BY SCOTT WALTMAN, email@example.com
12:06 AM AKST, December 7, 2012
Foote Creek Stables has spent $3,000 caring for horses that a man who rented space at the stable is accused of starving.
Two of the nine race horses the man was in charge of starved to death, authorities said.
The man being investigated is an independent horse trainer and rented an outdoor pen at the stable, said Jennifer Bjorgaard, who with her husband, Roger, owns Foote Creek Stables just southwest of Aberdeen. The trainer was not an employee of the stable, said Terry Evans, a deputy with the Brown County
See Horses, 11A
Bjorgaard said Foote Creek has been caring for the horses since the incident was reported Nov. 9 and has spent about $3,000 for feed, bedding and veterinarian bills. She said the stable might not get reimbursed for those expenses. She's not sure how much longer the stable will have to care for the horses. Six of the seven surviving horses remain at the stable after the owner of one horse retrieved his animal.
Evans said the investigation is largely complete and that the Brown County State's Attorney's Office, which will decide whether criminal charges will be filed against the man, has the bulk of the information. A local veterinarian and a veterinarian from the South Dakota Animal Industry Board are involved in the investigation, Evans said.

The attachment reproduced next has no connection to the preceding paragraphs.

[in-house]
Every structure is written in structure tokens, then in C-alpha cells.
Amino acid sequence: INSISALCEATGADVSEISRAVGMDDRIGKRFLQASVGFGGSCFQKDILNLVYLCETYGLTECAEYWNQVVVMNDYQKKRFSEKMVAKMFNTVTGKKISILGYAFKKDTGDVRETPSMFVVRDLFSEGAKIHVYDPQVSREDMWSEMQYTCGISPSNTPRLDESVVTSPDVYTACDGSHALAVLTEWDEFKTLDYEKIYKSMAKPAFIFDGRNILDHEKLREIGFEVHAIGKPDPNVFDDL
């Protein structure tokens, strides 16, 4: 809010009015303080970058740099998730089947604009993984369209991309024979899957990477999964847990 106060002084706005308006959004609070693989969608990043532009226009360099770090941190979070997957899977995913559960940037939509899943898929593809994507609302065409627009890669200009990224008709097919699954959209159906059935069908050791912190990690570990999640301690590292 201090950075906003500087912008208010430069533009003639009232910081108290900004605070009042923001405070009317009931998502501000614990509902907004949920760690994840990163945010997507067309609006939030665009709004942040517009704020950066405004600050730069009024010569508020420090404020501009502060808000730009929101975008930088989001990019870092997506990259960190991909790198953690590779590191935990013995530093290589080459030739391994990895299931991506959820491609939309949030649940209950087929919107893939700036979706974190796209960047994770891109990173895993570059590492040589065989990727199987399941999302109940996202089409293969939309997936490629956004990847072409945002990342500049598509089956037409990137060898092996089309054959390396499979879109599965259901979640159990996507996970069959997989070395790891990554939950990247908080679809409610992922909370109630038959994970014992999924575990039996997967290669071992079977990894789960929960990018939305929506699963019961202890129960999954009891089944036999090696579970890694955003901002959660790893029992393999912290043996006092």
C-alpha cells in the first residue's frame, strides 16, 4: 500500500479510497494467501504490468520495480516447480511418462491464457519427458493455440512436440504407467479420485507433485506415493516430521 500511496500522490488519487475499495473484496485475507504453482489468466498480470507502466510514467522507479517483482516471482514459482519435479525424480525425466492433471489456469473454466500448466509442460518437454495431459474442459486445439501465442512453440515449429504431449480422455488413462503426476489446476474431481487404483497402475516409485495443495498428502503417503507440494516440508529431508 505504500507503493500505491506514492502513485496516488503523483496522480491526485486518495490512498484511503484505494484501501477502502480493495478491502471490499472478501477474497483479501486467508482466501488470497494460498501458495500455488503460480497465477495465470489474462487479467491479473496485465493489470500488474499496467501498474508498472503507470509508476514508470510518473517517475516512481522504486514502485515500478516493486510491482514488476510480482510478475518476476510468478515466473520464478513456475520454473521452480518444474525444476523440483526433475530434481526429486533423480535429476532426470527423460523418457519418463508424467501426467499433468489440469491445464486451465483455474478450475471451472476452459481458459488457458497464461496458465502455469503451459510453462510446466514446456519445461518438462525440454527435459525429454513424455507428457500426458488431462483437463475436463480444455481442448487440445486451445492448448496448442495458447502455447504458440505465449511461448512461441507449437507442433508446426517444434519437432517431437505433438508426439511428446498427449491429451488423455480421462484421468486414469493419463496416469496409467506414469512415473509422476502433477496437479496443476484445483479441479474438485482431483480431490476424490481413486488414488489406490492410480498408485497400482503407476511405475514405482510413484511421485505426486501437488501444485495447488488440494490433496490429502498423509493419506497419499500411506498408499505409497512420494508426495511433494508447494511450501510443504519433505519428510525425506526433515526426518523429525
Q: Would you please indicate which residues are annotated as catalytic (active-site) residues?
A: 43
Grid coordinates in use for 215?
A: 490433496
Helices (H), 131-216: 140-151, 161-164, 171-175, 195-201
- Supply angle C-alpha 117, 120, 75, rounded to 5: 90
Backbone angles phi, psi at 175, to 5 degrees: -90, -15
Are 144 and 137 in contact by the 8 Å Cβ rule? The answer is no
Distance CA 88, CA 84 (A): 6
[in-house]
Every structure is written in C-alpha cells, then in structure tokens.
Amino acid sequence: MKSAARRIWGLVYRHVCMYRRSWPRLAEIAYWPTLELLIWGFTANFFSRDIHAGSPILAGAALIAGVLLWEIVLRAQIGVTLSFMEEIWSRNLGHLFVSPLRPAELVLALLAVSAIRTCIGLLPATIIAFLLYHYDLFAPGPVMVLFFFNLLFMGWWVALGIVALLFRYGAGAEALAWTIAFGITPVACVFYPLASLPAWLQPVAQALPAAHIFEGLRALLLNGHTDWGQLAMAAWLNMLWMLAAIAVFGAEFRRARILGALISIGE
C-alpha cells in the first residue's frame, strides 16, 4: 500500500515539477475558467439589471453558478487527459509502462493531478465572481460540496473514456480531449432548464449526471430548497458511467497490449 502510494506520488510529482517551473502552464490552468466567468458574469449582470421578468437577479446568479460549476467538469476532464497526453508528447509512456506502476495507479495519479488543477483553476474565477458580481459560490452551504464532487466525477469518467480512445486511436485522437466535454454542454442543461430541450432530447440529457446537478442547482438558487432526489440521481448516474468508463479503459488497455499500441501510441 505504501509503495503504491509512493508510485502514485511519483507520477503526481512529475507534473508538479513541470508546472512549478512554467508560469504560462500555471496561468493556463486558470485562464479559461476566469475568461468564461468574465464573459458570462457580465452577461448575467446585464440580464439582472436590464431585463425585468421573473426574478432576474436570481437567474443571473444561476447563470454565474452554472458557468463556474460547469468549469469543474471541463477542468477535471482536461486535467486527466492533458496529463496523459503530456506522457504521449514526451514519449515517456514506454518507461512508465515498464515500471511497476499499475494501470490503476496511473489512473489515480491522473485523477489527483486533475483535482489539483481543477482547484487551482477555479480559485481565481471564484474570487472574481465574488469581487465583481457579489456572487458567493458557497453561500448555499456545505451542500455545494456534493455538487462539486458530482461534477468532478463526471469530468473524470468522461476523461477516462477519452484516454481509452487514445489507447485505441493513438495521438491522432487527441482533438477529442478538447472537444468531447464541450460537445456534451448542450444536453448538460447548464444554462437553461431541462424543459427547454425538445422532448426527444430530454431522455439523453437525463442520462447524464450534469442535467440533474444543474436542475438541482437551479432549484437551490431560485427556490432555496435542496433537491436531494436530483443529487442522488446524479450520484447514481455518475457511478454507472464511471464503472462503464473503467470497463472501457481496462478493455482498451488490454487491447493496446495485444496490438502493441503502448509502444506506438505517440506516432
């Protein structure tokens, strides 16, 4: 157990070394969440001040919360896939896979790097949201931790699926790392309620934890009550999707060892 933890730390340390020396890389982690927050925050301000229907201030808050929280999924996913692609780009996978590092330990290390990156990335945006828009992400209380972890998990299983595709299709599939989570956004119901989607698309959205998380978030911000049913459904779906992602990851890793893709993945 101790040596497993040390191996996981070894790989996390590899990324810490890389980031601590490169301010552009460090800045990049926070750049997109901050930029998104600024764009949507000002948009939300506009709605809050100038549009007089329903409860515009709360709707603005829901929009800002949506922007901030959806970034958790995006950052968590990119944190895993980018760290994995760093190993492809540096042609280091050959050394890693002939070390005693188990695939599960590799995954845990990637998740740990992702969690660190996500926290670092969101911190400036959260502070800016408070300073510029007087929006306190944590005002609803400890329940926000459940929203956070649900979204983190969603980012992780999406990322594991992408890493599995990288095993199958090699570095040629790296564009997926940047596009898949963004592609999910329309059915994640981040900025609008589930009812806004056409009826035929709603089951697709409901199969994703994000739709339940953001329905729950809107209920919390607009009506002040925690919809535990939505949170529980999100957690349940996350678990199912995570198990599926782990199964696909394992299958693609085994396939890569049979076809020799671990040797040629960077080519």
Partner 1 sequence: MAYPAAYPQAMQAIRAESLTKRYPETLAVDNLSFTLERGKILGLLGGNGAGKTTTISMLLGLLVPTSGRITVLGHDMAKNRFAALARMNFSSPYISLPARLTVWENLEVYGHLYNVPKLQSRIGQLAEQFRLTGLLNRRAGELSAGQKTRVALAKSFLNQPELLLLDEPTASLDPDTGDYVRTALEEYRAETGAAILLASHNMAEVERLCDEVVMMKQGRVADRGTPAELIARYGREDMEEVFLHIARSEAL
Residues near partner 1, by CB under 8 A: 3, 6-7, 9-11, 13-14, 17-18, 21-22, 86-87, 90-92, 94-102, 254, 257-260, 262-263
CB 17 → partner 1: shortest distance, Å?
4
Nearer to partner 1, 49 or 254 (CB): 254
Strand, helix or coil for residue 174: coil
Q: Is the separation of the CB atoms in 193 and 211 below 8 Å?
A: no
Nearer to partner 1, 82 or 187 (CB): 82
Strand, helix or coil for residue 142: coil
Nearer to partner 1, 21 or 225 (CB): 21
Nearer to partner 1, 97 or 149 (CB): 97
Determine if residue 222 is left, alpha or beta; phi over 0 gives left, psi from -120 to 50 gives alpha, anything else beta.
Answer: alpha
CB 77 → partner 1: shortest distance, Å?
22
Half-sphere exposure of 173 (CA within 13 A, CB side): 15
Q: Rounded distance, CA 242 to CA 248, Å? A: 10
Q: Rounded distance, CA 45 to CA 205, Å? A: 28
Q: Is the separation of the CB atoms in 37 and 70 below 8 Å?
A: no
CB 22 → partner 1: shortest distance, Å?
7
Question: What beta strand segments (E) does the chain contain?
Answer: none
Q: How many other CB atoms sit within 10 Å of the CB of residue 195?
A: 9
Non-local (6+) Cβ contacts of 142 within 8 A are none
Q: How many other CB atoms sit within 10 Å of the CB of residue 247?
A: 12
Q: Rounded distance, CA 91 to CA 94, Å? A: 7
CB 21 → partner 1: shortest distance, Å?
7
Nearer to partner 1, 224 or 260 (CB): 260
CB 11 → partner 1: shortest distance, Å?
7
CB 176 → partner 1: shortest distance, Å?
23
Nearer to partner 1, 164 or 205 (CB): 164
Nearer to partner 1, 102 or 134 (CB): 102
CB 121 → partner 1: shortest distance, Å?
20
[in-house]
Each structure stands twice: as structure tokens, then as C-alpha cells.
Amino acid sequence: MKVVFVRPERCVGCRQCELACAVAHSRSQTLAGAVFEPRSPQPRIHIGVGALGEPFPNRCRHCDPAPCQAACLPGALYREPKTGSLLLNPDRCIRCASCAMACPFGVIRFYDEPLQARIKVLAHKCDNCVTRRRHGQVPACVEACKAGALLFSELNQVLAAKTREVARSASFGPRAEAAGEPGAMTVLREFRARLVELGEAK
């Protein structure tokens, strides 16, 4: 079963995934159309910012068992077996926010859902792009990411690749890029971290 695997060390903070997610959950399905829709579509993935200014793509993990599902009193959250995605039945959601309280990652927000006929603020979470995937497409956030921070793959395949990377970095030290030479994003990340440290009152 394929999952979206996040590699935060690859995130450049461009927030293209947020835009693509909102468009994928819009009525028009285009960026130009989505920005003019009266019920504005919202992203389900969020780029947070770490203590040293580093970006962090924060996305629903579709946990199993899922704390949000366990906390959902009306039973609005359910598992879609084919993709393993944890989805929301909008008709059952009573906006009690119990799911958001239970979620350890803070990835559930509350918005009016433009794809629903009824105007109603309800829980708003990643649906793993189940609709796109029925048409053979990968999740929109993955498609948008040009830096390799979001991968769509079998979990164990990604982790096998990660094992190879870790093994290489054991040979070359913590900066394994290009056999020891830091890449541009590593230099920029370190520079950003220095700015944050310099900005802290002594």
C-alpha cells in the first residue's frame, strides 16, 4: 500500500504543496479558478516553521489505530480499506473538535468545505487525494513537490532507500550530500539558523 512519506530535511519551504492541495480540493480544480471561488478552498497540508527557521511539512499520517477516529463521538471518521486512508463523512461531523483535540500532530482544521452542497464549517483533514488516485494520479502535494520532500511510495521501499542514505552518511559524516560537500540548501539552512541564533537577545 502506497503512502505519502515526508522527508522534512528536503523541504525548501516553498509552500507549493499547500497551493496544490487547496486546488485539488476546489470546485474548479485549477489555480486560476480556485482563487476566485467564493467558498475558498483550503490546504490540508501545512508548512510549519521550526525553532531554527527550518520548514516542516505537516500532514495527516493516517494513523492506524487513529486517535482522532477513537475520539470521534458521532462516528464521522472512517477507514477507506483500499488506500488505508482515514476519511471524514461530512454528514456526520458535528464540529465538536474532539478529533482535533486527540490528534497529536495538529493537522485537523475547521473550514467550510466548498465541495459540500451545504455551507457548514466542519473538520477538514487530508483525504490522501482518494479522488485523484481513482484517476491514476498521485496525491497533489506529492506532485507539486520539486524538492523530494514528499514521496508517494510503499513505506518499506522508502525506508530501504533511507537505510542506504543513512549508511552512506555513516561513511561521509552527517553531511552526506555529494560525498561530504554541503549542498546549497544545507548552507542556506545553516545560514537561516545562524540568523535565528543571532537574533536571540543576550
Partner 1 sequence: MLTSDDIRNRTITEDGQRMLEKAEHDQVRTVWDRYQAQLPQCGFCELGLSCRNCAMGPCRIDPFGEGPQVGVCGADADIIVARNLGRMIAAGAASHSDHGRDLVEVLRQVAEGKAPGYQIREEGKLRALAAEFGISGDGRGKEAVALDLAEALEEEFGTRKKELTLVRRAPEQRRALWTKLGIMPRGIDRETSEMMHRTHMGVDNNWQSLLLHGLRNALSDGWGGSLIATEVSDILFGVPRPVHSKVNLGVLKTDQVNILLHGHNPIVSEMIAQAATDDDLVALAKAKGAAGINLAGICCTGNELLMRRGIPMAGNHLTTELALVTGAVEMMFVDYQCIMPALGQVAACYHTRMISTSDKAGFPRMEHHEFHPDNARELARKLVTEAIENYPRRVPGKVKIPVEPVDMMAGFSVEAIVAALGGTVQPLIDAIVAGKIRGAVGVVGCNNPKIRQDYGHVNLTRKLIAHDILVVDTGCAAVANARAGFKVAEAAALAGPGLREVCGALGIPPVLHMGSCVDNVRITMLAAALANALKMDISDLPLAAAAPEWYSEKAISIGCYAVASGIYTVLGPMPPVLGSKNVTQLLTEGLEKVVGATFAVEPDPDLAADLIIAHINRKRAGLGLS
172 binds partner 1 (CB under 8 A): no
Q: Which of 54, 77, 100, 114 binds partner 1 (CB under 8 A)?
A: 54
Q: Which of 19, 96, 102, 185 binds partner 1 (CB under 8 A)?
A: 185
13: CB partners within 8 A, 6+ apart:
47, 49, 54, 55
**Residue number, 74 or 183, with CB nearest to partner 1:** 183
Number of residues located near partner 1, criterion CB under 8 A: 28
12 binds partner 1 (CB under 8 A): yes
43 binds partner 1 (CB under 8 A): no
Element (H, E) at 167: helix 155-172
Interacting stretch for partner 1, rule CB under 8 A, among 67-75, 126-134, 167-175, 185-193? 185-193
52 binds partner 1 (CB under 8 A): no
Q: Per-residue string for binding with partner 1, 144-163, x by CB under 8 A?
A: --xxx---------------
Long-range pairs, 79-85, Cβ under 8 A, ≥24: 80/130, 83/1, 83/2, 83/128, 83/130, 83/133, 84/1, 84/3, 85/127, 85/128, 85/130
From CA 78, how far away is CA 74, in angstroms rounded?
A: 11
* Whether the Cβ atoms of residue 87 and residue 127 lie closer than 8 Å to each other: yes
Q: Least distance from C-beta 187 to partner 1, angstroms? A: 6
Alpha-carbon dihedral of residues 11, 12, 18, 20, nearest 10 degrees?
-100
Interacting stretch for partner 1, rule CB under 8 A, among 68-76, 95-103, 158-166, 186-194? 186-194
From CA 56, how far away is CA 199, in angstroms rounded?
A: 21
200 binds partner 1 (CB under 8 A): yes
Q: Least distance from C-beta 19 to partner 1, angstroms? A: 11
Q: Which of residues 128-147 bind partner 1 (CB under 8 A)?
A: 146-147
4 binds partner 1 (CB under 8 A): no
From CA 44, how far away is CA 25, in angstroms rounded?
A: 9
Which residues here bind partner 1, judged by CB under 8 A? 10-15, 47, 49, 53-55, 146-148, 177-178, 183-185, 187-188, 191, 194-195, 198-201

Foote Creek Stables offers two types of services - full-care and self-care. Under the self-care option, a person rents space at the stable and cares for the horses on his or her own, Evans said. The man being investigated paid for self-care services at the stable, Evans said. Foote Creek runs a reputable business, he said.
The sheriff's office responded to a report of a dead horse at the stable on Nov. 9. A couple of days later, a second horse died, Evans said.
In all, the man being investigated had been hired to care for nine horses. The surviving horses were impounded because they weren't receiving proper care, according to the sheriff's office.
Bjorgaard said the man was feeding the horses low-quality hay that didn't provide proper nutrition and that the animals' health deteriorated quickly.
Other trainers rent space at the stable, she said, and she doesn't want them to get a bad reputation because of the alleged actions of one person. She said somebody at the stable reported the matter to the sheriff's office.
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